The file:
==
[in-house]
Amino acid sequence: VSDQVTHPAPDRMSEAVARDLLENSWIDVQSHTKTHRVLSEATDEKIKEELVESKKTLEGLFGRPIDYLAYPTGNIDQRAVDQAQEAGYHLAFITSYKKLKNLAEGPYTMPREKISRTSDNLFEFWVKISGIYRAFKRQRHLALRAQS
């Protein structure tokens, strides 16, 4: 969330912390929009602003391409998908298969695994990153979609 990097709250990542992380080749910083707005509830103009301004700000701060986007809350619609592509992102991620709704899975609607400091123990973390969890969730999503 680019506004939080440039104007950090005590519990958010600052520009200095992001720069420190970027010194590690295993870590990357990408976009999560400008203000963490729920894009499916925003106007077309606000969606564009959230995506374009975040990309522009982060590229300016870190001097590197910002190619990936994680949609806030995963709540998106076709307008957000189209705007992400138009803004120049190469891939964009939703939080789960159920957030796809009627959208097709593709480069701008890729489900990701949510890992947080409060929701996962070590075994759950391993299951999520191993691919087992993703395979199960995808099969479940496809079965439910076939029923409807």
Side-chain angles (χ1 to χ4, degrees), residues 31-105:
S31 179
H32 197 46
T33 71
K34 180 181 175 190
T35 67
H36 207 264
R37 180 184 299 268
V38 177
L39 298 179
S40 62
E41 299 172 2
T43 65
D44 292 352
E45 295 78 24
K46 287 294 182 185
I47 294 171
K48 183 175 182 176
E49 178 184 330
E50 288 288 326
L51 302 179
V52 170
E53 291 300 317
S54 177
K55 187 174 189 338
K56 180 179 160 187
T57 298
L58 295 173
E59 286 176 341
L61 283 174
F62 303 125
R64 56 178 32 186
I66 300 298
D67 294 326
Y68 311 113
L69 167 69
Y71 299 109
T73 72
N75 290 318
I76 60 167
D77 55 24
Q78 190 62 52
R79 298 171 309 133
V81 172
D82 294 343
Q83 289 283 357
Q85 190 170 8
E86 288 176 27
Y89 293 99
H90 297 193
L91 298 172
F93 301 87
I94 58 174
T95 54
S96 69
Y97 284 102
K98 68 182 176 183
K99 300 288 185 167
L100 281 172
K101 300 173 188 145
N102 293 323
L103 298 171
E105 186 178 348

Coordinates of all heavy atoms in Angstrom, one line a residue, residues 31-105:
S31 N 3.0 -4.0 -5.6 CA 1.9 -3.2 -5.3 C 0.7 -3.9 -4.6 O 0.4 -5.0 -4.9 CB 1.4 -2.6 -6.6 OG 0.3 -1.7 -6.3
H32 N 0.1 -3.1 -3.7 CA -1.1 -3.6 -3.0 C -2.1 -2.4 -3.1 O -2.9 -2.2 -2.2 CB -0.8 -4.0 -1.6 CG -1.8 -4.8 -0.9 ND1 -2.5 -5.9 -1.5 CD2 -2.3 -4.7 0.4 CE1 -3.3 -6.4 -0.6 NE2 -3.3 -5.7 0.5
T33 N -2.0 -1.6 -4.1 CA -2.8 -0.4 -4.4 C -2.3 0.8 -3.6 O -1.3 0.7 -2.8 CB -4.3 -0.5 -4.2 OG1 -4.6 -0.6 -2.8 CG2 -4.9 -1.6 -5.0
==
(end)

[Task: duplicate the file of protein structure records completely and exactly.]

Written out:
[in-house]
Amino acid sequence: VSDQVTHPAPDRMSEAVARDLLENSWIDVQSHTKTHRVLSEATDEKIKEELVESKKTLEGLFGRPIDYLAYPTGNIDQRAVDQAQEAGYHLAFITSYKKLKNLAEGPYTMPREKISRTSDNLFEFWVKISGIYRAFKRQRHLALRAQS
């Protein structure tokens, strides 16, 4: 969330912390929009602003391409998908298969695994990153979609 990097709250990542992380080749910083707005509830103009301004700000701060986007809350619609592509992102991620709704899975609607400091123990973390969890969730999503 680019506004939080440039104007950090005590519990958010600052520009200095992001720069420190970027010194590690295993870590990357990408976009999560400008203000963490729920894009499916925003106007077309606000969606564009959230995506374009975040990309522009982060590229300016870190001097590197910002190619990936994680949609806030995963709540998106076709307008957000189209705007992400138009803004120049190469891939964009939703939080789960159920957030796809009627959208097709593709480069701008890729489900990701949510890992947080409060929701996962070590075994759950391993299951999520191993691919087992993703395979199960995808099969479940496809079965439910076939029923409807």
Side-chain angles (χ1 to χ4, degrees), residues 31-105:
S31 179
H32 197 46
T33 71
K34 180 181 175 190
T35 67
H36 207 264
R37 180 184 299 268
V38 177
L39 298 179
S40 62
E41 299 172 2
T43 65
D44 292 352
E45 295 78 24
K46 287 294 182 185
I47 294 171
K48 183 175 182 176
E49 178 184 330
E50 288 288 326
L51 302 179
V52 170
E53 291 300 317
S54 177
K55 187 174 189 338
K56 180 179 160 187
T57 298
L58 295 173
E59 286 176 341
L61 283 174
F62 303 125
R64 56 178 32 186
I66 300 298
D67 294 326
Y68 311 113
L69 167 69
Y71 299 109
T73 72
N75 290 318
I76 60 167
D77 55 24
Q78 190 62 52
R79 298 171 309 133
V81 172
D82 294 343
Q83 289 283 357
Q85 190 170 8
E86 288 176 27
Y89 293 99
H90 297 193
L91 298 172
F93 301 87
I94 58 174
T95 54
S96 69
Y97 284 102
K98 68 182 176 183
K99 300 288 185 167
L100 281 172
K101 300 173 188 145
N102 293 323
L103 298 171
E105 186 178 348

Coordinates of all heavy atoms in Angstrom, one line a residue, residues 31-105:
S31 N 3.0 -4.0 -5.6 CA 1.9 -3.2 -5.3 C 0.7 -3.9 -4.6 O 0.4 -5.0 -4.9 CB 1.4 -2.6 -6.6 OG 0.3 -1.7 -6.3
H32 N 0.1 -3.1 -3.7 CA -1.1 -3.6 -3.0 C -2.1 -2.4 -3.1 O -2.9 -2.2 -2.2 CB -0.8 -4.0 -1.6 CG -1.8 -4.8 -0.9 ND1 -2.5 -5.9 -1.5 CD2 -2.3 -4.7 0.4 CE1 -3.3 -6.4 -0.6 NE2 -3.3 -5.7 0.5
T33 N -2.0 -1.6 -4.1 CA -2.8 -0.4 -4.4 C -2.3 0.8 -3.6 O -1.3 0.7 -2.8 CB -4.3 -0.5 -4.2 OG1 -4.6 -0.6 -2.8 CG2 -4.9 -1.6 -5.0